Sleep and Dementia
Updated: Oct 6, 2022
If you’re a caregiver to a person living with dementia, you know how important a good night’s sleep is for both of you.
Unfortunately, it’s not always easy to get.
The effect of dementia on sleep is a complex issue with many factors involved. Scientists and doctors don’t know why dementia causes sleep disturbances, but it seems to have something to do with the changes to the brain. Different sleep issues are associated with different types of dementia.
Dementia may affect the sleep-wake cycle that regulates when you are awake and when you are sleepy. People who experience issues with their circadian rhythm may have problems falling asleep at night and staying asleep. They may also experience extreme drowsiness during the day and want to have frequent naps. The person who is unable to sleep at night may be prone to wandering which can cause a caregiver to worry about where they might go or what will happen while they’re awake. This type of disturbance is often associated with Alzheimer’s disease and Parkinson’s disease.
A person with Lewy body dementia may have a type of sleep disturbance where they act out their dreams. This is often considered one of the early signs of this condition.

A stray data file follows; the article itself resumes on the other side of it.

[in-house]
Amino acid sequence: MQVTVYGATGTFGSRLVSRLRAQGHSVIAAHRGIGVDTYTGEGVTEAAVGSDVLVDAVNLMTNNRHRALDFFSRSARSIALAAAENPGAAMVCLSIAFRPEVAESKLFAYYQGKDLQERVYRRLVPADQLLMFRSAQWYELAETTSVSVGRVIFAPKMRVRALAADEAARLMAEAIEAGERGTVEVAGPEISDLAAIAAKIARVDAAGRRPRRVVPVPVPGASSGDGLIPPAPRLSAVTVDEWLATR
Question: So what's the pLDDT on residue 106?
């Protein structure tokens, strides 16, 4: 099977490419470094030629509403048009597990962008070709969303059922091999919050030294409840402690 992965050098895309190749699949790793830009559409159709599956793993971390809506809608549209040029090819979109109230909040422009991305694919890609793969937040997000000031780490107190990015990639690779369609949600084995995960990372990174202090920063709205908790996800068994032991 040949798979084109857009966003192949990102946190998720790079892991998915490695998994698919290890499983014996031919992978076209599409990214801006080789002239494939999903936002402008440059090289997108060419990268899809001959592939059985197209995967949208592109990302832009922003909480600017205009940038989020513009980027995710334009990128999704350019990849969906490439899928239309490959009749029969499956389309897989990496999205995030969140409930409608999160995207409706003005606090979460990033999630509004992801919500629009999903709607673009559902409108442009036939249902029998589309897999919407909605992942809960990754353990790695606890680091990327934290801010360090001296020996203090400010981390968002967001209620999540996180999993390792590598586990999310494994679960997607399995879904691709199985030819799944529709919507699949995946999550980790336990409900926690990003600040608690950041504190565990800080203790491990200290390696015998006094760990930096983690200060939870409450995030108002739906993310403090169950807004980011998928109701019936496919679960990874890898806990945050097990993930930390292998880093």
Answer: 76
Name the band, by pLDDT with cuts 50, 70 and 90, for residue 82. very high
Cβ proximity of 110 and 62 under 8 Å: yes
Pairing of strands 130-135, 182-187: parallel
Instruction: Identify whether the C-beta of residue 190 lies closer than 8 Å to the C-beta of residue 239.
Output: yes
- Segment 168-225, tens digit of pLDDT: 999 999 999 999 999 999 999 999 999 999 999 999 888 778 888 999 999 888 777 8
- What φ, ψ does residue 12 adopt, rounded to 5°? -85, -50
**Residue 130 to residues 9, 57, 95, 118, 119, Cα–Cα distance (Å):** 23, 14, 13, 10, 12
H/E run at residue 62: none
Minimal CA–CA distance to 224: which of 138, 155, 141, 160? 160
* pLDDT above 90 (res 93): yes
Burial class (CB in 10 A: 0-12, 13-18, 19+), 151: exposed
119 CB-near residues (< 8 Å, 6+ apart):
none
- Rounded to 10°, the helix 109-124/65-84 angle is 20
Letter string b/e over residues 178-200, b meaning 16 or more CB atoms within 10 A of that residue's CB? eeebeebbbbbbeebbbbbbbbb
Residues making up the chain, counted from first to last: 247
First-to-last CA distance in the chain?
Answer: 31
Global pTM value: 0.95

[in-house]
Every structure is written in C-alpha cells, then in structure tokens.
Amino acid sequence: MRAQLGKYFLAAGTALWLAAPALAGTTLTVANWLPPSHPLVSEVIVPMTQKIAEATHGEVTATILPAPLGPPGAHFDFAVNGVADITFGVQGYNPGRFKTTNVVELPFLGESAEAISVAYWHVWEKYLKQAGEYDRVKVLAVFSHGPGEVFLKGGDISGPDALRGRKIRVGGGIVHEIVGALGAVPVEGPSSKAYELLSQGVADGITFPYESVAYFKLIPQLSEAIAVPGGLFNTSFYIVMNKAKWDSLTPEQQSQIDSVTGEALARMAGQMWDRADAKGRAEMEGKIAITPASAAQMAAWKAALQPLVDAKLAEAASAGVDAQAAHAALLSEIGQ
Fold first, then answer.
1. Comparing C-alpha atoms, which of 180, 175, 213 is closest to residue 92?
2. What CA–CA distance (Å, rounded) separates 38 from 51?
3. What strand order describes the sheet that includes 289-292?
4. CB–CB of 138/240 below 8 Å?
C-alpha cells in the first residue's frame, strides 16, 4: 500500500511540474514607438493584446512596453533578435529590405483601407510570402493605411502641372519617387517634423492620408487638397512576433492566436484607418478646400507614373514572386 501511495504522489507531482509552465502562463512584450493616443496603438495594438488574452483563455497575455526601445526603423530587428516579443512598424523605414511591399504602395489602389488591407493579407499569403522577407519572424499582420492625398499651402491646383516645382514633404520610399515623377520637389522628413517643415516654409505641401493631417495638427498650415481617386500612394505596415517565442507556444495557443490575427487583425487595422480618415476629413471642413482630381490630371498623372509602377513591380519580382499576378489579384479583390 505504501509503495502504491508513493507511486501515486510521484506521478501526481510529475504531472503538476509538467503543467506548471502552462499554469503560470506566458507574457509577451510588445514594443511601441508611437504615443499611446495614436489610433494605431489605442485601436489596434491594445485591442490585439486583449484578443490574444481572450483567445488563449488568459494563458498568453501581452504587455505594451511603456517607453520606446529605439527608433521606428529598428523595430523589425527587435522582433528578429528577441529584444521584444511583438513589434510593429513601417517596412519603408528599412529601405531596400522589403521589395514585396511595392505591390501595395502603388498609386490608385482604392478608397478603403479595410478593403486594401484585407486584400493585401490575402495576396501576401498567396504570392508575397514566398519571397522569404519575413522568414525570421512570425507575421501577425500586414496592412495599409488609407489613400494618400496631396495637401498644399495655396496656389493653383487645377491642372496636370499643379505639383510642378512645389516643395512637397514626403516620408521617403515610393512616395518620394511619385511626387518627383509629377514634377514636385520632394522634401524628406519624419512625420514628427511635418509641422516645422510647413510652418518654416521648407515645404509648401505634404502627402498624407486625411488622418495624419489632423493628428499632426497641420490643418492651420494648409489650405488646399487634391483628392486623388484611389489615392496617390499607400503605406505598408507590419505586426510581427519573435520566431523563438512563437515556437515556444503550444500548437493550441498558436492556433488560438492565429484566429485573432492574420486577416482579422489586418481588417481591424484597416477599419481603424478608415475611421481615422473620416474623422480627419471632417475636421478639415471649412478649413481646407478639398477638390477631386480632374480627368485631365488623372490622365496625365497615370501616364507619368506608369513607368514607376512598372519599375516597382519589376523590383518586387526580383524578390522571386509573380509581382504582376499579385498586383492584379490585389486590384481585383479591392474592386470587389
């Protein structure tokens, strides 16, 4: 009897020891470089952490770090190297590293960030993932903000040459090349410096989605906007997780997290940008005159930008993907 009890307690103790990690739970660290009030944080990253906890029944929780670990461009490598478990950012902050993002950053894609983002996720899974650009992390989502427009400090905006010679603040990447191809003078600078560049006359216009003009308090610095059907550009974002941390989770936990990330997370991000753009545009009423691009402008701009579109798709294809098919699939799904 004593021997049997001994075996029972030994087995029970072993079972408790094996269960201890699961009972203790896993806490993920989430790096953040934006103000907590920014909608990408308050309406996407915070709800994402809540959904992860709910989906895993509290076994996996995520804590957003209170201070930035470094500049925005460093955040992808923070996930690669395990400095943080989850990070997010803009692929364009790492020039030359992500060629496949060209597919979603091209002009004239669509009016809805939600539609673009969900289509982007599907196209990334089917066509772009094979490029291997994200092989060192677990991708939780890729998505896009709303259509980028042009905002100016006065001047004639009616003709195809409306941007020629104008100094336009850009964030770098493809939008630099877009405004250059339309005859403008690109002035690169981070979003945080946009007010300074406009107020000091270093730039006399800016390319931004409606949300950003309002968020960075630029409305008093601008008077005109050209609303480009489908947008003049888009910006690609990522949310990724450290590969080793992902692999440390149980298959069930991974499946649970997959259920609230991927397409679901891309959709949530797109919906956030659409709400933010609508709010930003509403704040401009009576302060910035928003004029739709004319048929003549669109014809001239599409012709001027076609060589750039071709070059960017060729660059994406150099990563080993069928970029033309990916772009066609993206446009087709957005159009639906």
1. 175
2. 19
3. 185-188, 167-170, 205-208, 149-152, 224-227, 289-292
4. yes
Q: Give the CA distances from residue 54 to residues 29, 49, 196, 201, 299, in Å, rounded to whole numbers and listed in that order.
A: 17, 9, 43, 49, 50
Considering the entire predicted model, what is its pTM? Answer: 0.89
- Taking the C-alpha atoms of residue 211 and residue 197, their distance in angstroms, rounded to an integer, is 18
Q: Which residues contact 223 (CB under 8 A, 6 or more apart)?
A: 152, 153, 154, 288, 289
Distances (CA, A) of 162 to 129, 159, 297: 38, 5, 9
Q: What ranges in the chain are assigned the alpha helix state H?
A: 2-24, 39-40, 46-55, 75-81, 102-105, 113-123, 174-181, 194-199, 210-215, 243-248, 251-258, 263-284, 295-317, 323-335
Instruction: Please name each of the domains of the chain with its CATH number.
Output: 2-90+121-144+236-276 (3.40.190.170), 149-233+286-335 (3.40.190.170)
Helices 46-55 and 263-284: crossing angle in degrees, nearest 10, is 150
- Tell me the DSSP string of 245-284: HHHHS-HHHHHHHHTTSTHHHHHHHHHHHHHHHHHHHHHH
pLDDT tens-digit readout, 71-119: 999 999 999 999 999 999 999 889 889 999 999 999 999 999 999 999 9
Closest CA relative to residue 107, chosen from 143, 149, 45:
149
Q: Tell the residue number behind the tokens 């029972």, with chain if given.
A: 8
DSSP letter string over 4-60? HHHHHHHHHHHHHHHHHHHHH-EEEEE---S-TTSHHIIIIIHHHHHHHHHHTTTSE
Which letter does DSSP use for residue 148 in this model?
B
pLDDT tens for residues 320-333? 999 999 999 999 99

What are the consequences of poor sleep on a person with dementia? Sleep issues are often associated with agitation in the late afternoon or evening sometimes referred to as sundowning. Behavioral problems and irritation may increase for the person which is easy to understand as you can relate to how you feel when you’re tired.
Unfortunately, sleep issues are frequently the reason for moving a person from their home to a long-term care facility. It results in severe stress, and caregivers find it extremely difficult to cope with a person who doesn’t sleep at night.
What can you do to help a person get better quality sleep?
Most of the recommendations around sleep are associated with lifestyle changes that you can make. Some steps that may help include:
Exercise – Make sure the person with dementia has physical activity during the day. People are encouraged to do light exercise and take regular walks which can help improve sleep.
Outdoor light – Exposure to bright light in the morning may help regulate a person’s circadian rhythm.
Avoid caffeine, alcohol and nicotine after dinner.
A consistent sleep schedule – Strive to go to bed and get up at the same time each day.
Keep the home well lit in the evening – this can help eliminate shadows which can seem scary to a person with dementia.
A comfortable environment – Make sure the bedroom is dark and the temperature is cool.
Provide nightlights to guide the person to the bathroom so they don’t get disoriented or lost.
If these solutions don’t make a difference, another option to consider is hiring in-home help overnight to be with your loved one so that you can get your ZZZ’s.
A lack of good quality sleep can take a toll on both the person living with dementia and the caregiver. Be sure to speak to your doctor if you or the person you care for are experiencing sleep issues